How Trump Could Lose the Nomination
While's he still the favorite, Trump's grip on the nomination may be weaker than most think
The conventional wisdom is that Donald Trump will be the Republican nominee. I largely agree with this assumption. Despite losing nearly every election since 2016 and racking up 78 felony counts, Trump maintains the adoration of enough of the Republican base to easily navigate a Republican primary process that favors frontrunners. As importantly, no other Republican candidates have shown the talent or toughness to exploit Donald Trump’s manifest weaknesses.
However, one thing gnaws at my gut. Those who are positive Trump will be the nominee in 2024 are the same people who were positive Trump would NOT be the nominee in 2016. Therefore, it’s worth testing that assumption. After the last few elections of unexpected outcomes, a boatload of humility is in order.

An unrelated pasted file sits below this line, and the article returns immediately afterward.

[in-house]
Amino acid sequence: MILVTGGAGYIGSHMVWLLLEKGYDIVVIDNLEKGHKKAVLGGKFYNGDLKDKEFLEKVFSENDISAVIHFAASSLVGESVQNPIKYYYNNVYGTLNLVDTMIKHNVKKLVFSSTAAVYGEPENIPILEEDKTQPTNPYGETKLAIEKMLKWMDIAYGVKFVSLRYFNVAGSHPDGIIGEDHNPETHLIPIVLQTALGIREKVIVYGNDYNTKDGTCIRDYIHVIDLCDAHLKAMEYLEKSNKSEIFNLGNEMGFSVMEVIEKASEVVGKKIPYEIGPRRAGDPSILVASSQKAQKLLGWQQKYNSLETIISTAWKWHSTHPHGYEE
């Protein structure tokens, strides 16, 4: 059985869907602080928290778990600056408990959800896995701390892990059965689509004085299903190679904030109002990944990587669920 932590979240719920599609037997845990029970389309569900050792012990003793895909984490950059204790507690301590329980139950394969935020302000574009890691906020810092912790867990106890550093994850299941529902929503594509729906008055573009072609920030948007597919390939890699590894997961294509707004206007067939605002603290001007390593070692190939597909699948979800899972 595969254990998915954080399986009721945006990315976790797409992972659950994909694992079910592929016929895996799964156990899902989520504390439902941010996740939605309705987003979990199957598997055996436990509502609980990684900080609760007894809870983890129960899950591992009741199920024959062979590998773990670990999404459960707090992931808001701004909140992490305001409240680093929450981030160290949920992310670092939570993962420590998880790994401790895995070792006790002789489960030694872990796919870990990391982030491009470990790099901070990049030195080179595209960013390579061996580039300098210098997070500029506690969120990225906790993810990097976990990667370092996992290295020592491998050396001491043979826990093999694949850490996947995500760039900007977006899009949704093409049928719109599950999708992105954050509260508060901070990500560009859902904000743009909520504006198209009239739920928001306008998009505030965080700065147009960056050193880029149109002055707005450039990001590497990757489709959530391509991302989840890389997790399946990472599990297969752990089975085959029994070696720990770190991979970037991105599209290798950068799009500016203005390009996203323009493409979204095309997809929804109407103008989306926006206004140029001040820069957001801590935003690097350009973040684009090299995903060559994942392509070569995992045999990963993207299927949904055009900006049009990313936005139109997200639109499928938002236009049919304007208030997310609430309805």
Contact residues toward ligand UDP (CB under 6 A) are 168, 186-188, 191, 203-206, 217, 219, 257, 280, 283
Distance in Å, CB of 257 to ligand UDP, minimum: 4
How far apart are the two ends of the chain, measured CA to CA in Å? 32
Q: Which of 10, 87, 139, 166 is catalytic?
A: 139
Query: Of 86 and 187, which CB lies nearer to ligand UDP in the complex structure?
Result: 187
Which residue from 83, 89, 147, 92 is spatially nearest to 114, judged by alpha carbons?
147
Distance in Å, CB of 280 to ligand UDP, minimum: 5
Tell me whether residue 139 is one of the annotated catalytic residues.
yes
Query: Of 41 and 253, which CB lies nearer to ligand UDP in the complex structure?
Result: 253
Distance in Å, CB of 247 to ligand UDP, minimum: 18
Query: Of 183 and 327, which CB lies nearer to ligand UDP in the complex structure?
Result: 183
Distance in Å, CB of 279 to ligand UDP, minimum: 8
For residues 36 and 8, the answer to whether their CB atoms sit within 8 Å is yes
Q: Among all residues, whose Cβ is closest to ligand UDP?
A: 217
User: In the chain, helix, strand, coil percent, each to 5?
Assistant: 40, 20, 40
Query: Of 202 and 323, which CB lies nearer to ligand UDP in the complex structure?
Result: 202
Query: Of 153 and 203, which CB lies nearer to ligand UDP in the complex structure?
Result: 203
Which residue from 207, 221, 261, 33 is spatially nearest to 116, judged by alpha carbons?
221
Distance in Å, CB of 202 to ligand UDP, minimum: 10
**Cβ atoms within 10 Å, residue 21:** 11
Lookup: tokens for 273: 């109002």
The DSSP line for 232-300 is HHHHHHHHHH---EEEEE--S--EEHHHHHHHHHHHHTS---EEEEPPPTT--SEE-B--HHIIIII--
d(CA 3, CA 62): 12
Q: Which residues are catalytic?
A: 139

As an intellectual exercise, here’s the case for Trump losing the GOP nomination… or at least why the race may be closer than people think.
1. Early State Vulnerability
In presidential primary contests, the national polls are lagging indicators. It’s the polls from the early states that tell us the real condition of the race. Nationally, most voters are detached from the race, but in Iowa and New Hampshire, voters are more engaged. They see the candidates on the news and in their communities. Campaign ads have been airing in their states for months now. In many cases, an organizer has already called their home or knocked on their door to make a pitch for a candidate. These voters simply know more about the candidates trying to beat Trump and think more deeply about the pros and cons of Trump as the nominee.
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